SCOTLAND’S largest animal charity yesterday launched a campaign to abolish the use of snares after thousands of animals, including protected species, domestic pets and livestock, were injured and killed last year.
The Scottish SPCA said that several thousand animals, including badgers, deer and horses, were being killed throughout Scotland because loopholes in legislation restricting the use of snares meant illegal trappers could not be prosecuted.
It is legal in Britain to use free-running snares to control rabbits and foxes, but the charity insists that the manufacture and use of all types of snare should be abolished to avoid the death and suffering of other animals.
The Scottish SPCA wants to increase awareness after a study revealed that even legal snares indiscriminately caused horrific injuries to wildlife.
The campaign follows a recent report by the National Federation of Badger Groups, which showed that badgers and other animals were being severely injured and killed in illegal self-locking snares.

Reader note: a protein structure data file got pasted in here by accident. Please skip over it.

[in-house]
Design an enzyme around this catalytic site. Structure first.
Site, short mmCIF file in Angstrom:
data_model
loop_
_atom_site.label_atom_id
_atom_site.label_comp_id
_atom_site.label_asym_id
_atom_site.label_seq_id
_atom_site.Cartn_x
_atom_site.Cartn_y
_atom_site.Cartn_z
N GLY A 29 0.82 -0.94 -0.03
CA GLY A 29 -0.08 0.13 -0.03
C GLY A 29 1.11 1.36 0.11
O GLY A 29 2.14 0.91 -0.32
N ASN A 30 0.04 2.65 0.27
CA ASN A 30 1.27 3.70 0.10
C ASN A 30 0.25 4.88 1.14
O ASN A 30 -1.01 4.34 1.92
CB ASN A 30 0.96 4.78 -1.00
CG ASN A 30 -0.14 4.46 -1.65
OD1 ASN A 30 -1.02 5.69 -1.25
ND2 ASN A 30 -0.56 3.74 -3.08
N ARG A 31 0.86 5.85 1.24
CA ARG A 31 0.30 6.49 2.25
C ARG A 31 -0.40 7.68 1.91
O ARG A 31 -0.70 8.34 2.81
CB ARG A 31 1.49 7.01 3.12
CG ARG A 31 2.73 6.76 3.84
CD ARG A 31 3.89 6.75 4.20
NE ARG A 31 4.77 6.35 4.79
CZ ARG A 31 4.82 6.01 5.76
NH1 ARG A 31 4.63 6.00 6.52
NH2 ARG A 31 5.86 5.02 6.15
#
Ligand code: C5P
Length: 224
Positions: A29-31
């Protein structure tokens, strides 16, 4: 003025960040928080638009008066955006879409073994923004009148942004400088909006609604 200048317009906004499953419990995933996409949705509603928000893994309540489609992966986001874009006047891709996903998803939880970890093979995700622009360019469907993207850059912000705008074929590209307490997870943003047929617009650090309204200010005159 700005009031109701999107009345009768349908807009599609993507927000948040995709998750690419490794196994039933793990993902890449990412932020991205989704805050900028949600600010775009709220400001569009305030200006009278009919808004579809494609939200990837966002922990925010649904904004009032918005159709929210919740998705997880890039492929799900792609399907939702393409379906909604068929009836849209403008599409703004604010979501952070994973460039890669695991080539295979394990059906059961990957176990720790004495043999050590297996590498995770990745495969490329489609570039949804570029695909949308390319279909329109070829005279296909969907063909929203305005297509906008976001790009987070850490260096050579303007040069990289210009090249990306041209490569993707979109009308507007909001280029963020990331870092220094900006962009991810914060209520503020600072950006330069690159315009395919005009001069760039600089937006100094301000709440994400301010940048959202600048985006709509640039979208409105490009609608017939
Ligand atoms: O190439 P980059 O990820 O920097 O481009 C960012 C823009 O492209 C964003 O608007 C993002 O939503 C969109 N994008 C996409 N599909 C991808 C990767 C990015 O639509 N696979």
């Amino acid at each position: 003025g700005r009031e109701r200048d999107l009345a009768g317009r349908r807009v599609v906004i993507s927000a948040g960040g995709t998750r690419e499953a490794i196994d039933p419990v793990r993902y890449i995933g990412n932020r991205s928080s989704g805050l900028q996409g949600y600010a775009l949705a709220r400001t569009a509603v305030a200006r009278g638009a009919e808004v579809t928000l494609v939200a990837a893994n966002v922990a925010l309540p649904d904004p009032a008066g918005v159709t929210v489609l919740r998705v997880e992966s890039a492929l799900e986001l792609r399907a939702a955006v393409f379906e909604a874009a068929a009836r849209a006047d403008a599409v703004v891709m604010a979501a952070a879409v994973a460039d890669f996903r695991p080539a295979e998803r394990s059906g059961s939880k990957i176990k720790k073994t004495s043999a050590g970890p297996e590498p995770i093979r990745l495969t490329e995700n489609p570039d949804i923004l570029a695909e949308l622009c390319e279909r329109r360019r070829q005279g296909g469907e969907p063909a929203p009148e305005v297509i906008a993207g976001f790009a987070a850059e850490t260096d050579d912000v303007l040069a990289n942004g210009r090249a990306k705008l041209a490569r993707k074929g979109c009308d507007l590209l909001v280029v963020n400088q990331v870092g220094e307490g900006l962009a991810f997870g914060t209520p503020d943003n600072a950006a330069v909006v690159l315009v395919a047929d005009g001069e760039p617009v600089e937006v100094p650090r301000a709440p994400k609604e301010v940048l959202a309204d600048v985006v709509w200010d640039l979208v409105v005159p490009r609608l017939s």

Scottish SPCA superintendent Mike Flynn said that pine martens, red squirrels, owls and mountain hares were among the protected species caught last year alone.
He said: “Thousands of animals are dying, and we know the figures we have are only the tip of the iceberg.” The Scottish SPCA is already working in partnership with every police force in Scotland, the RSPB, MoD police, Scottish Natural Heritage and the Scottish Executive to try to catch illegal snare users.
The charity recorded one case when an Edinburgh man used snares to kill his neighbour’s cat. In another case, a trapper forgot the locations of more than 1,500 snares he had set. Flynn said that thousands of people throughout Scotland used snares, but very few were caught because of legal loopholes.
MP John Barrett, who helped launch the campaign at the Scottish SPCA’s head office, in his Edinburgh West constituency, said: “Snares are completely indiscriminate.”
Barrett, one of 85 Westminster MPs who has recently signed an early day motion expressing concern at the number of wildlife deaths caused by legal and illegal snares, said that current legislation did not go far enough in trying to curb the problem.